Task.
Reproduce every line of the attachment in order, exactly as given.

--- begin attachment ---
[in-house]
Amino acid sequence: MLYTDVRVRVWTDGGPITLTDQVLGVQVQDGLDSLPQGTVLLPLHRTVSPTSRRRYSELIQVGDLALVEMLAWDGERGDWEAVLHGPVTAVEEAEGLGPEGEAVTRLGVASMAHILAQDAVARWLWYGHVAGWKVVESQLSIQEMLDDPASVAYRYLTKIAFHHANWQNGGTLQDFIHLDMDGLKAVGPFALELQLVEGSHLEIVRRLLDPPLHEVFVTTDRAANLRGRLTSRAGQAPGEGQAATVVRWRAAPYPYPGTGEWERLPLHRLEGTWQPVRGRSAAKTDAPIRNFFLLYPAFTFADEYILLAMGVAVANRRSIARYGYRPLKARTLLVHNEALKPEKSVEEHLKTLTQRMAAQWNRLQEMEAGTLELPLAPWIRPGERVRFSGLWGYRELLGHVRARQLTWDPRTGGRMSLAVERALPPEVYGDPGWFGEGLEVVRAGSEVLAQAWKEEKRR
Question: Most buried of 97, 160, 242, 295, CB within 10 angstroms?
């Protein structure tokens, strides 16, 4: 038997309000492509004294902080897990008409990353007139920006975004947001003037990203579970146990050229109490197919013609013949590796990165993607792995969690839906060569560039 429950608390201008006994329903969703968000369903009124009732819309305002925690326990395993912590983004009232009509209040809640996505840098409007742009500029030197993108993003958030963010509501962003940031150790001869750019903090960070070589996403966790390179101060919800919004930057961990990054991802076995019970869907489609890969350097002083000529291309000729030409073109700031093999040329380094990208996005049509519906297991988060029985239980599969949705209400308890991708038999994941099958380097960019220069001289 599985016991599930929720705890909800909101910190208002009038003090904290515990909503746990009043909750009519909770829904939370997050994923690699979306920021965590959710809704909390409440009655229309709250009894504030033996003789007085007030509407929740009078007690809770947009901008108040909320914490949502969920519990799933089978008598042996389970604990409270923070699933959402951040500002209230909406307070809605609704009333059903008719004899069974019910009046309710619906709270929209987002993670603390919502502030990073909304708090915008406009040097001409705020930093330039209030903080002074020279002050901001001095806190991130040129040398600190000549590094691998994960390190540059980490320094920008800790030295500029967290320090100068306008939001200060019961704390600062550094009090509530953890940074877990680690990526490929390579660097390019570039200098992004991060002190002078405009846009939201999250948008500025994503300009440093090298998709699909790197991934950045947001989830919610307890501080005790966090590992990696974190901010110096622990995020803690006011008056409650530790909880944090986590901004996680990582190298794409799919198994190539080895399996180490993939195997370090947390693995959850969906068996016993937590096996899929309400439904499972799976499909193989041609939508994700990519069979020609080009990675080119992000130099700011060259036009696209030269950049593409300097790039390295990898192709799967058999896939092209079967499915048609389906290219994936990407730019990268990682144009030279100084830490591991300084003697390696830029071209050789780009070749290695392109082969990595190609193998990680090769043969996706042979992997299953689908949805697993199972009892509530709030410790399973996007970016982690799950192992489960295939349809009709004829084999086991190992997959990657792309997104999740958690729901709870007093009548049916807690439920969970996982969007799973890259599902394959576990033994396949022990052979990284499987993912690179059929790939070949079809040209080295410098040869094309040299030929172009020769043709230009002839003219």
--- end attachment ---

[in-house]
Amino acid sequence: MLYTDVRVRVWTDGGPITLTDQVLGVQVQDGLDSLPQGTVLLPLHRTVSPTSRRRYSELIQVGDLALVEMLAWDGERGDWEAVLHGPVTAVEEAEGLGPEGEAVTRLGVASMAHILAQDAVARWLWYGHVAGWKVVESQLSIQEMLDDPASVAYRYLTKIAFHHANWQNGGTLQDFIHLDMDGLKAVGPFALELQLVEGSHLEIVRRLLDPPLHEVFVTTDRAANLRGRLTSRAGQAPGEGQAATVVRWRAAPYPYPGTGEWERLPLHRLEGTWQPVRGRSAAKTDAPIRNFFLLYPAFTFADEYILLAMGVAVANRRSIARYGYRPLKARTLLVHNEALKPEKSVEEHLKTLTQRMAAQWNRLQEMEAGTLELPLAPWIRPGERVRFSGLWGYRELLGHVRARQLTWDPRTGGRMSLAVERALPPEVYGDPGWFGEGLEVVRAGSEVLAQAWKEEKRR
Question: Most buried of 97, 160, 242, 295, CB within 10 angstroms?
């Protein structure tokens, strides 16, 4: 038997309000492509004294902080897990008409990353007139920006975004947001003037990203579970146990050229109490197919013609013949590796990165993607792995969690839906060569560039 429950608390201008006994329903969703968000369903009124009732819309305002925690326990395993912590983004009232009509209040809640996505840098409007742009500029030197993108993003958030963010509501962003940031150790001869750019903090960070070589996403966790390179101060919800919004930057961990990054991802076995019970869907489609890969350097002083000529291309000729030409073109700031093999040329380094990208996005049509519906297991988060029985239980599969949705209400308890991708038999994941099958380097960019220069001289 599985016991599930929720705890909800909101910190208002009038003090904290515990909503746990009043909750009519909770829904939370997050994923690699979306920021965590959710809704909390409440009655229309709250009894504030033996003789007085007030509407929740009078007690809770947009901008108040909320914490949502969920519990799933089978008598042996389970604990409270923070699933959402951040500002209230909406307070809605609704009333059903008719004899069974019910009046309710619906709270929209987002993670603390919502502030990073909304708090915008406009040097001409705020930093330039209030903080002074020279002050901001001095806190991130040129040398600190000549590094691998994960390190540059980490320094920008800790030295500029967290320090100068306008939001200060019961704390600062550094009090509530953890940074877990680690990526490929390579660097390019570039200098992004991060002190002078405009846009939201999250948008500025994503300009440093090298998709699909790197991934950045947001989830919610307890501080005790966090590992990696974190901010110096622990995020803690006011008056409650530790909880944090986590901004996680990582190298794409799919198994190539080895399996180490993939195997370090947390693995959850969906068996016993937590096996899929309400439904499972799976499909193989041609939508994700990519069979020609080009990675080119992000130099700011060259036009696209030269950049593409300097790039390295990898192709799967058999896939092209079967499915048609389906290219994936990407730019990268990682144009030279100084830490591991300084003697390696830029071209050789780009070749290695392109082969990595190609193998990680090769043969996706042979992997299953689908949805697993199972009892509530709030410790399973996007970016982690799950192992489960295939349809009709004829084999086991190992997959990657792309997104999740958690729901709870007093009548049916807690439920969970996982969007799973890259599902394959576990033994396949022990052979990284499987993912690179059929790939070949079809040209080295410098040869094309040299030929172009020769043709230009002839003219």